Most importantly, failure to declare a major will likely prevent you from earning the degree of your choosing.

If you haven’t declared because you’re having a hard time choosing a major, consider pursuing a Liberal Arts degree, which provides greater educational variety, but still creates the same educational opportunities that come with major declaration.

What is a minor?

Your major is a big part of your college education, but it isn’t everything. In addition to your general core courses and electives, you’ll also have a chance to declare a “minor.” This is a secondary area of concentration, one which can help to shape your course load outside of your major.

A minor may not be required by your college or degree program, but it may be a useful way to either supplement your major with a correlated subject area, or a way to produce a more well-rounded education with an emphasis in an area of personal interest. For instance, if you are working toward a career as a history teacher, you could advance your career goals by majoring in education with a minor in history. On the other hand, if you are an aspiring graphic designer who also happens to love Greek mythology, you might major in Art & Design while minoring in Ancient Literature. Your minor could be an opportunity to further shape the focus of your education, or a way to add greater variety.

Should I do a double major?

In some instances, you may feel that your educational and professional goals require you to incorporate two areas of equal focus. You may be a candidate for a double major. With a double major, you’ll still earn a single degree, but it will list two areas of concentration. Roughly 20% of all bachelor’s students will earn a double major.

Many double majors will choose two courses of study that relate to one another—such as education and childhood psychology; or business and economics. This approach will not only give you a broad base of knowledge in two closely connected subjects, but there is also a stronger likelihood that there are some overlapping prerequisites or course requirements. This can save you time and money in the long run.

Many students also view the double major as a way to be more competitive in the job market. According to U.S. News & World Report, students who choose double majors wisely can be more attractive to potential employers.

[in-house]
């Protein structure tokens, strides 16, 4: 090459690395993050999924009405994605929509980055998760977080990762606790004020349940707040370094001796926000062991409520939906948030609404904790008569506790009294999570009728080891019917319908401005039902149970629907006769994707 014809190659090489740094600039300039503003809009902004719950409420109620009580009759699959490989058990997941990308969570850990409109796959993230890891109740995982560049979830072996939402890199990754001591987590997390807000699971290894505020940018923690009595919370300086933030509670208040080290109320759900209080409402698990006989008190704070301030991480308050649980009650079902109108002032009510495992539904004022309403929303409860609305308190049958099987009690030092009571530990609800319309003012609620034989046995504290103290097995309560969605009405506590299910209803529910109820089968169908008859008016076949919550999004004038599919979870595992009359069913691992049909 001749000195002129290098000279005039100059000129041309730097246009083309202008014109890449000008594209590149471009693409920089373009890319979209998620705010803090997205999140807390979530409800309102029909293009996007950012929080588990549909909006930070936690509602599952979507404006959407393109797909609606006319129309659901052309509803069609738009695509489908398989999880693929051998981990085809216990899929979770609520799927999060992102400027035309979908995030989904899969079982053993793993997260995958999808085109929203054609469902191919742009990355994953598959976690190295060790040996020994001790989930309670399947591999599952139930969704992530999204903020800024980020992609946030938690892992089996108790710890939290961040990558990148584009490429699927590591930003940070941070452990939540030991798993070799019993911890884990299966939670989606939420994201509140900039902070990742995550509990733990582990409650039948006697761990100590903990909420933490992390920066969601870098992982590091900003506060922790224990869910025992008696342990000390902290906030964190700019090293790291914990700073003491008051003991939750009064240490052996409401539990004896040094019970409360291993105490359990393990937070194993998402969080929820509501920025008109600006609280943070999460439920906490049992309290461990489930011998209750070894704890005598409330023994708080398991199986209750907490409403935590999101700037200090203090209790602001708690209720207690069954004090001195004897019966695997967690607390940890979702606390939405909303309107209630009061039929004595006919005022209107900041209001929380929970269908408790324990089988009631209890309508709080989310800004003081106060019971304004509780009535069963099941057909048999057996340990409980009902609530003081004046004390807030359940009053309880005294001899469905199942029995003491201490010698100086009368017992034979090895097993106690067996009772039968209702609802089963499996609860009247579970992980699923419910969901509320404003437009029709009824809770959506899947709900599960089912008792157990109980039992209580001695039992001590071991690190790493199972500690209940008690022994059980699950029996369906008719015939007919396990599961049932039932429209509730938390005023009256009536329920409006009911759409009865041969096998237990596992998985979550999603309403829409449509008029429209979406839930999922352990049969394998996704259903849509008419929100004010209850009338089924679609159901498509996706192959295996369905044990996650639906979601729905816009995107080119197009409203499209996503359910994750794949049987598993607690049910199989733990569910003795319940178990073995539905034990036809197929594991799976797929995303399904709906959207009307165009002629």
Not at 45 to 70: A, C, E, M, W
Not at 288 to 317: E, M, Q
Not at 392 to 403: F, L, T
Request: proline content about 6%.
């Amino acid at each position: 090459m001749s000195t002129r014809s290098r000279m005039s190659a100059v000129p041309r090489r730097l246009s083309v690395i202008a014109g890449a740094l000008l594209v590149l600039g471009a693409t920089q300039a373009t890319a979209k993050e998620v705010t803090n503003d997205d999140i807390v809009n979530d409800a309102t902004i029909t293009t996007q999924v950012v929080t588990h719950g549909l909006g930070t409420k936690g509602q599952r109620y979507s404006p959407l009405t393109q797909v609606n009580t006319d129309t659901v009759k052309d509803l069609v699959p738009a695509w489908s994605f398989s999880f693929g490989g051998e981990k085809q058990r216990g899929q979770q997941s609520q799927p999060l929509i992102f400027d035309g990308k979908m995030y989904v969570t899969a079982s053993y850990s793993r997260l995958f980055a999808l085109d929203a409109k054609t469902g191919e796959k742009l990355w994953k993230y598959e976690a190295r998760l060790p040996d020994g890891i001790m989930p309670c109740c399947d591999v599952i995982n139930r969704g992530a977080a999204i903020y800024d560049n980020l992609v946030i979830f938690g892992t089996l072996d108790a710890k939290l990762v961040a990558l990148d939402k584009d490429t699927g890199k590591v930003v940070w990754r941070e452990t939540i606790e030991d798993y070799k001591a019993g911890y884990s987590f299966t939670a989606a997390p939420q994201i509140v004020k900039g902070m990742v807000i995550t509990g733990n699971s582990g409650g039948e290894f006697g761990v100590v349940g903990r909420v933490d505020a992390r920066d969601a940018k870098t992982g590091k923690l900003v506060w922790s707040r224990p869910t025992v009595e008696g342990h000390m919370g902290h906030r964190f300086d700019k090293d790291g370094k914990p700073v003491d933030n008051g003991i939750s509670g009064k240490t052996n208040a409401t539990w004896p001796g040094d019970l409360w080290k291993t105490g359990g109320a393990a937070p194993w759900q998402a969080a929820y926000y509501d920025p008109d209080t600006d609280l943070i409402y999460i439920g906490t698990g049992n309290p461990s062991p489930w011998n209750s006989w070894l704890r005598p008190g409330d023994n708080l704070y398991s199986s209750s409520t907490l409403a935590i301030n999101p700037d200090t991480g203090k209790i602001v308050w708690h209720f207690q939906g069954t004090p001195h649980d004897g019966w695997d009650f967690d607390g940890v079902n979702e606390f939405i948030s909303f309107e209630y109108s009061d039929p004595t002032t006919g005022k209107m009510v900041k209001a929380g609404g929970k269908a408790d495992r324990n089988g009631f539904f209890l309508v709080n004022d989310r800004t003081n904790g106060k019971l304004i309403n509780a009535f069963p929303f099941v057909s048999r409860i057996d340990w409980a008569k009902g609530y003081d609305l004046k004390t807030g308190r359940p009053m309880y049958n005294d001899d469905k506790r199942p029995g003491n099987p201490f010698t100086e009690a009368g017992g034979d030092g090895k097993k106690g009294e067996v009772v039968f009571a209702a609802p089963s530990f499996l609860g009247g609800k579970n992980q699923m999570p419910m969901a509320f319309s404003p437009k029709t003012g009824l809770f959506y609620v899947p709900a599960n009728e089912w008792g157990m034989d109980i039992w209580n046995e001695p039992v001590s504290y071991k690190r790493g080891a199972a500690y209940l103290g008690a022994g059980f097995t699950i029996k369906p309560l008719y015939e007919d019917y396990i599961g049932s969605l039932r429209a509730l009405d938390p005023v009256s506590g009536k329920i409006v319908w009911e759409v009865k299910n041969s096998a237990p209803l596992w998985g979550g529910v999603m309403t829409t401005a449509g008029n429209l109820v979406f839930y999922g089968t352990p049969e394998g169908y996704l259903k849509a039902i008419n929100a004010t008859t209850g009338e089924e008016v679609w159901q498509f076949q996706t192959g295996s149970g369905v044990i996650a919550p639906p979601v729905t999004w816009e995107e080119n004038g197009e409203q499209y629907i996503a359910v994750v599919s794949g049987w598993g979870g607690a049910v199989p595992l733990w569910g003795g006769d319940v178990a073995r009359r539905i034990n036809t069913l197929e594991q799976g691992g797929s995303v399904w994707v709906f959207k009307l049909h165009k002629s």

However, earning a double major can be hard work. Before you decide to go this route, be sure you have the bandwidth, stamina and time to handle the added workload.

What if I don’t like my major?

Don’t be afraid to change your mind. According to the New York Times, in a national survey by the University of California, Los Angeles, “Of students who said they felt committed to their major when they arrived on campus, 20 percent had selected a new major by the end of their first year.”

In other words, don’t be afraid to shift gears. Whether you feel like you’re struggling in your major, or you find a new area of interest, or you’re just plain bored in your classes, now is the time to make a change. Switching majors may require you to go back, complete additional prerequisites, and even spend a few more semesters in school. But that certainly beats working toward a career where you won’t be happy.

If you’re not enjoying your major, or you feel your abilities would be better used in a different subject, get in touch with your academic advisor right away. It’s ok to switch gears, but if you’re thinking about doing it, don’t waste any more time pursuing a degree you don’t want!

Popular majors include reliable standby degrees like business, engineering, and education as well as growing fields like computer science, healthcare, and communications.

If you’re not sure where to start, dig in and find out what you can do with a degree in these popular subjects and more!